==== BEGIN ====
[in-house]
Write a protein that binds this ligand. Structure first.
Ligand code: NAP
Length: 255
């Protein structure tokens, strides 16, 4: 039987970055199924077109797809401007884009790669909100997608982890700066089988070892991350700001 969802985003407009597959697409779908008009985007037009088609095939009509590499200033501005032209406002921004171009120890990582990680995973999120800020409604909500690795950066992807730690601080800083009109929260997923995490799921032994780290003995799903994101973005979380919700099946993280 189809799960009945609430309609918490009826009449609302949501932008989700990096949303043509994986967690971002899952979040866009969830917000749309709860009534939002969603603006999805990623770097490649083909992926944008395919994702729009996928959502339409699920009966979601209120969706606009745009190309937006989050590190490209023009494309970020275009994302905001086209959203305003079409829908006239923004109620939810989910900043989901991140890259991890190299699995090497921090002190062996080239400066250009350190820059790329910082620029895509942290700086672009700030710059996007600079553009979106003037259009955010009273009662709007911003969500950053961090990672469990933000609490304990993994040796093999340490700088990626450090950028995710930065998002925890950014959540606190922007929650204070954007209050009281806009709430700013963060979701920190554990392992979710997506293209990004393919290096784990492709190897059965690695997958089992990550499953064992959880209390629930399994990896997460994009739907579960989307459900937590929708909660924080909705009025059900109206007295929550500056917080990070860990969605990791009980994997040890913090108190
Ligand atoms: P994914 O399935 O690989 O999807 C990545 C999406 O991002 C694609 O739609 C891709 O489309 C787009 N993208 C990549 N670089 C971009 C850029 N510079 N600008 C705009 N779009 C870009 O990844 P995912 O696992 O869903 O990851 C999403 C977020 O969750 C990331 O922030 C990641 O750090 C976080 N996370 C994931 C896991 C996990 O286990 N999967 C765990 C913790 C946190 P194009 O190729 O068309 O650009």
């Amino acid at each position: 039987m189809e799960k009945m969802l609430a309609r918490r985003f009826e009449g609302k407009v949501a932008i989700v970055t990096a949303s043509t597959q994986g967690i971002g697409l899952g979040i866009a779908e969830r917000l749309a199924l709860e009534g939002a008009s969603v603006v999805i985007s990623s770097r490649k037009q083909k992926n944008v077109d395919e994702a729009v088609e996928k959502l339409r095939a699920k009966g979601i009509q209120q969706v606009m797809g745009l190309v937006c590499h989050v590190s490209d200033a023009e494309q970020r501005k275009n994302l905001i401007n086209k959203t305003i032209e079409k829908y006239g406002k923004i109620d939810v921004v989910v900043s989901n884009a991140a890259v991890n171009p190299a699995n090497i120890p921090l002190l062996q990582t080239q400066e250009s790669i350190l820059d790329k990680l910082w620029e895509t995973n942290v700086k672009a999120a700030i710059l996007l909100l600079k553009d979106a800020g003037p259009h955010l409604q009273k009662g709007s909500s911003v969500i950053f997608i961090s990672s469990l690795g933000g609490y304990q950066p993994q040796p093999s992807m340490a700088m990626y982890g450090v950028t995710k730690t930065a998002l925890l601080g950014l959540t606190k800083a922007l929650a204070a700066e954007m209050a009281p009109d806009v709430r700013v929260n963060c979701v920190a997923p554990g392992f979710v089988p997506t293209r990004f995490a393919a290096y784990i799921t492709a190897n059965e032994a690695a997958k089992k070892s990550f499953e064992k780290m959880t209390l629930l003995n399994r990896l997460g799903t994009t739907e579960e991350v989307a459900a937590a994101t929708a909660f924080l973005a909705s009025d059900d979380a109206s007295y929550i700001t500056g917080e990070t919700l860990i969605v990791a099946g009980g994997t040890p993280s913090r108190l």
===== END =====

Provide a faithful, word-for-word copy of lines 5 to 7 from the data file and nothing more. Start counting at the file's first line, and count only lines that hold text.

């Protein structure tokens, strides 16, 4: 039987970055199924077109797809401007884009790669909100997608982890700066089988070892991350700001 969802985003407009597959697409779908008009985007037009088609095939009509590499200033501005032209406002921004171009120890990582990680995973999120800020409604909500690795950066992807730690601080800083009109929260997923995490799921032994780290003995799903994101973005979380919700099946993280 189809799960009945609430309609918490009826009449609302949501932008989700990096949303043509994986967690971002899952979040866009969830917000749309709860009534939002969603603006999805990623770097490649083909992926944008395919994702729009996928959502339409699920009966979601209120969706606009745009190309937006989050590190490209023009494309970020275009994302905001086209959203305003079409829908006239923004109620939810989910900043989901991140890259991890190299699995090497921090002190062996080239400066250009350190820059790329910082620029895509942290700086672009700030710059996007600079553009979106003037259009955010009273009662709007911003969500950053961090990672469990933000609490304990993994040796093999340490700088990626450090950028995710930065998002925890950014959540606190922007929650204070954007209050009281806009709430700013963060979701920190554990392992979710997506293209990004393919290096784990492709190897059965690695997958089992990550499953064992959880209390629930399994990896997460994009739907579960989307459900937590929708909660924080909705009025059900109206007295929550500056917080990070860990969605990791009980994997040890913090108190
Ligand atoms: P994914 O399935 O690989 O999807 C990545 C999406 O991002 C694609 O739609 C891709 O489309 C787009 N993208 C990549 N670089 C971009 C850029 N510079 N600008 C705009 N779009 C870009 O990844 P995912 O696992 O869903 O990851 C999403 C977020 O969750 C990331 O922030 C990641 O750090 C976080 N996370 C994931 C896991 C996990 O286990 N999967 C765990 C913790 C946190 P194009 O190729 O068309 O650009």
């Amino acid at each position: 039987m189809e799960k009945m969802l609430a309609r918490r985003f009826e009449g609302k407009v949501a932008i989700v970055t990096a949303s043509t597959q994986g967690i971002g697409l899952g979040i866009a779908e969830r917000l749309a199924l709860e009534g939002a008009s969603v603006v999805i985007s990623s770097r490649k037009q083909k992926n944008v077109d395919e994702a729009v088609e996928k959502l339409r095939a699920k009966g979601i009509q209120q969706v606009m797809g745009l190309v937006c590499h989050v590190s490209d200033a023009e494309q970020r501005k275009n994302l905001i401007n086209k959203t305003i032209e079409k829908y006239g406002k923004i109620d939810v921004v989910v900043s989901n884009a991140a890259v991890n171009p190299a699995n090497i120890p921090l002190l062996q990582t080239q400066e250009s790669i350190l820059d790329k990680l910082w620029e895509t995973n942290v700086k672009a999120a700030i710059l996007l909100l600079k553009d979106a800020g003037p259009h955010l409604q009273k009662g709007s909500s911003v969500i950053f997608i961090s990672s469990l690795g933000g609490y304990q950066p993994q040796p093999s992807m340490a700088m990626y982890g450090v950028t995710k730690t930065a998002l925890l601080g950014l959540t606190k800083a922007l929650a204070a700066e954007m209050a009281p009109d806009v709430r700013v929260n963060c979701v920190a997923p554990g392992f979710v089988p997506t293209r990004f995490a393919a290096y784990i799921t492709a190897n059965e032994a690695a997958k089992k070892s990550f499953e064992k780290m959880t209390l629930l003995n399994r990896l997460g799903t994009t739907e579960e991350v989307a459900a937590a994101t929708a909660f924080l973005a909705s009025d059900d979380a109206s007295y929550i700001t500056g917080e990070t919700l860990i969605v990791a099946g009980g994997t040890p993280s913090r108190l």